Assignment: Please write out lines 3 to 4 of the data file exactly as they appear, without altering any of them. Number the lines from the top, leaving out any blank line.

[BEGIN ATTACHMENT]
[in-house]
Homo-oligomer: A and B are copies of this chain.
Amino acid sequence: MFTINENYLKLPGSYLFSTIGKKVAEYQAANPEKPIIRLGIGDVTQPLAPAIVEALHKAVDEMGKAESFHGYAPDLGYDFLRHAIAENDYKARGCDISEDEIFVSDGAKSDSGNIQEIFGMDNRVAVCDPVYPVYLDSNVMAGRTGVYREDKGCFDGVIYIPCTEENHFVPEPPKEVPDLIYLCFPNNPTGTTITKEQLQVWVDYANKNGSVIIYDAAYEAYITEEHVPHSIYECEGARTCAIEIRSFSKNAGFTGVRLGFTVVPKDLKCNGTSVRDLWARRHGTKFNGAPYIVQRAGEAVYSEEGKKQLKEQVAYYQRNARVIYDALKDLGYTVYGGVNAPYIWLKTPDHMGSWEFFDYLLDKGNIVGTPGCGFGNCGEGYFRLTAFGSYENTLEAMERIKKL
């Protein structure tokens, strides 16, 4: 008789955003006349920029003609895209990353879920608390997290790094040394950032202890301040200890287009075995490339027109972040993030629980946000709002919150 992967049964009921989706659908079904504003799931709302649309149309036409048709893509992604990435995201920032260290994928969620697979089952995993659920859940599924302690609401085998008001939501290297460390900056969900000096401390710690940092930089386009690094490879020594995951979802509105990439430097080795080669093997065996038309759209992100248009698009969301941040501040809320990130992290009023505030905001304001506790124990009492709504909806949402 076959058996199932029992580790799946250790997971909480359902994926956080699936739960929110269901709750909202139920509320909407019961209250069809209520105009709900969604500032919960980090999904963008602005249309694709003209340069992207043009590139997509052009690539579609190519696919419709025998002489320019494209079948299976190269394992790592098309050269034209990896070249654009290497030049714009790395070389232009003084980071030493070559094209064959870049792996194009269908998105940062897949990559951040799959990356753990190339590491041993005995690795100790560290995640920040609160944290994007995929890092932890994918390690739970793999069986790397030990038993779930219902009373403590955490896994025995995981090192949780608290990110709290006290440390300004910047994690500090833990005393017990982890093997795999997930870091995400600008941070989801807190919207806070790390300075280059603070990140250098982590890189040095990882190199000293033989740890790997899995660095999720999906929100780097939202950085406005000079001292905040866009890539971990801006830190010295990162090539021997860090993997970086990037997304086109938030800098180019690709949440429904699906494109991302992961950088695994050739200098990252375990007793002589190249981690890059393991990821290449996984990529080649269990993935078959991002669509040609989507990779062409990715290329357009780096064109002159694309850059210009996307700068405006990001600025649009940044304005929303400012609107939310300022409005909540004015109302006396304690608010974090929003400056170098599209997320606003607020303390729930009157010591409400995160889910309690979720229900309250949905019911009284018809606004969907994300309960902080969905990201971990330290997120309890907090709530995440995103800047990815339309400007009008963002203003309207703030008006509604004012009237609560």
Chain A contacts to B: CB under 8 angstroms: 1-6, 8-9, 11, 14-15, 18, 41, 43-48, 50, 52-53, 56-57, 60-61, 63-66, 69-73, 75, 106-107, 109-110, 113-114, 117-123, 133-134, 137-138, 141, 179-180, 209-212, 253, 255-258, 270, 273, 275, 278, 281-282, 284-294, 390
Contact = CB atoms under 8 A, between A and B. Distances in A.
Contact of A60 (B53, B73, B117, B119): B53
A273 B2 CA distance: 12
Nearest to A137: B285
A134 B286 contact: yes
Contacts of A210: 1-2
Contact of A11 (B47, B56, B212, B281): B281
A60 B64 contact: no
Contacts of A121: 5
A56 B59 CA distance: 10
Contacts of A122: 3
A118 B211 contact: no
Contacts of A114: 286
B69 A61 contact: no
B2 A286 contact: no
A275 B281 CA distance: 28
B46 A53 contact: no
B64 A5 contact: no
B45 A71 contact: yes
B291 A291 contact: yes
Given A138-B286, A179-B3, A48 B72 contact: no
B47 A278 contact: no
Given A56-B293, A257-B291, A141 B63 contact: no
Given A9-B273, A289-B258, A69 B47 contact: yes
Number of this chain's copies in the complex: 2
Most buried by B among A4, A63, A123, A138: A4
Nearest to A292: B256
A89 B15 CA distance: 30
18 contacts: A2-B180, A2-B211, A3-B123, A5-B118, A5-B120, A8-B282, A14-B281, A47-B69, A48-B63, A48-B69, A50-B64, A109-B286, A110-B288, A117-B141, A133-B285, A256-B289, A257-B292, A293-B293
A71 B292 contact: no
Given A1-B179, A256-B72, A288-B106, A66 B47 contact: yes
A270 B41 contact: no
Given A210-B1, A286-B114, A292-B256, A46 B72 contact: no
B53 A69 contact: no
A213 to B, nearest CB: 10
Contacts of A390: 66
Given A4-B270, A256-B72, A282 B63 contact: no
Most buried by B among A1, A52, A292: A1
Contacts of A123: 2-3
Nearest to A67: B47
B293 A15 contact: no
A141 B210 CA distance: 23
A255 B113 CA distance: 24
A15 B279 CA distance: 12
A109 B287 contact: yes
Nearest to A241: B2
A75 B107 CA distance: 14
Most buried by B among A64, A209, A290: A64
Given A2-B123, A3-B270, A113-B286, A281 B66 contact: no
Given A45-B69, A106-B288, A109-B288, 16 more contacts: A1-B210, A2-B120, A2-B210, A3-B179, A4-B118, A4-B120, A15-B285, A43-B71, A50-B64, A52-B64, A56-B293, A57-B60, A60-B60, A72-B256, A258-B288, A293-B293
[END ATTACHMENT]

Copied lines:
Amino acid sequence: MFTINENYLKLPGSYLFSTIGKKVAEYQAANPEKPIIRLGIGDVTQPLAPAIVEALHKAVDEMGKAESFHGYAPDLGYDFLRHAIAENDYKARGCDISEDEIFVSDGAKSDSGNIQEIFGMDNRVAVCDPVYPVYLDSNVMAGRTGVYREDKGCFDGVIYIPCTEENHFVPEPPKEVPDLIYLCFPNNPTGTTITKEQLQVWVDYANKNGSVIIYDAAYEAYITEEHVPHSIYECEGARTCAIEIRSFSKNAGFTGVRLGFTVVPKDLKCNGTSVRDLWARRHGTKFNGAPYIVQRAGEAVYSEEGKKQLKEQVAYYQRNARVIYDALKDLGYTVYGGVNAPYIWLKTPDHMGSWEFFDYLLDKGNIVGTPGCGFGNCGEGYFRLTAFGSYENTLEAMERIKKL
């Protein structure tokens, strides 16, 4: 008789955003006349920029003609895209990353879920608390997290790094040394950032202890301040200890287009075995490339027109972040993030629980946000709002919150 992967049964009921989706659908079904504003799931709302649309149309036409048709893509992604990435995201920032260290994928969620697979089952995993659920859940599924302690609401085998008001939501290297460390900056969900000096401390710690940092930089386009690094490879020594995951979802509105990439430097080795080669093997065996038309759209992100248009698009969301941040501040809320990130992290009023505030905001304001506790124990009492709504909806949402 076959058996199932029992580790799946250790997971909480359902994926956080699936739960929110269901709750909202139920509320909407019961209250069809209520105009709900969604500032919960980090999904963008602005249309694709003209340069992207043009590139997509052009690539579609190519696919419709025998002489320019494209079948299976190269394992790592098309050269034209990896070249654009290497030049714009790395070389232009003084980071030493070559094209064959870049792996194009269908998105940062897949990559951040799959990356753990190339590491041993005995690795100790560290995640920040609160944290994007995929890092932890994918390690739970793999069986790397030990038993779930219902009373403590955490896994025995995981090192949780608290990110709290006290440390300004910047994690500090833990005393017990982890093997795999997930870091995400600008941070989801807190919207806070790390300075280059603070990140250098982590890189040095990882190199000293033989740890790997899995660095999720999906929100780097939202950085406005000079001292905040866009890539971990801006830190010295990162090539021997860090993997970086990037997304086109938030800098180019690709949440429904699906494109991302992961950088695994050739200098990252375990007793002589190249981690890059393991990821290449996984990529080649269990993935078959991002669509040609989507990779062409990715290329357009780096064109002159694309850059210009996307700068405006990001600025649009940044304005929303400012609107939310300022409005909540004015109302006396304690608010974090929003400056170098599209997320606003607020303390729930009157010591409400995160889910309690979720229900309250949905019911009284018809606004969907994300309960902080969905990201971990330290997120309890907090709530995440995103800047990815339309400007009008963002203003309207703030008006509604004012009237609560």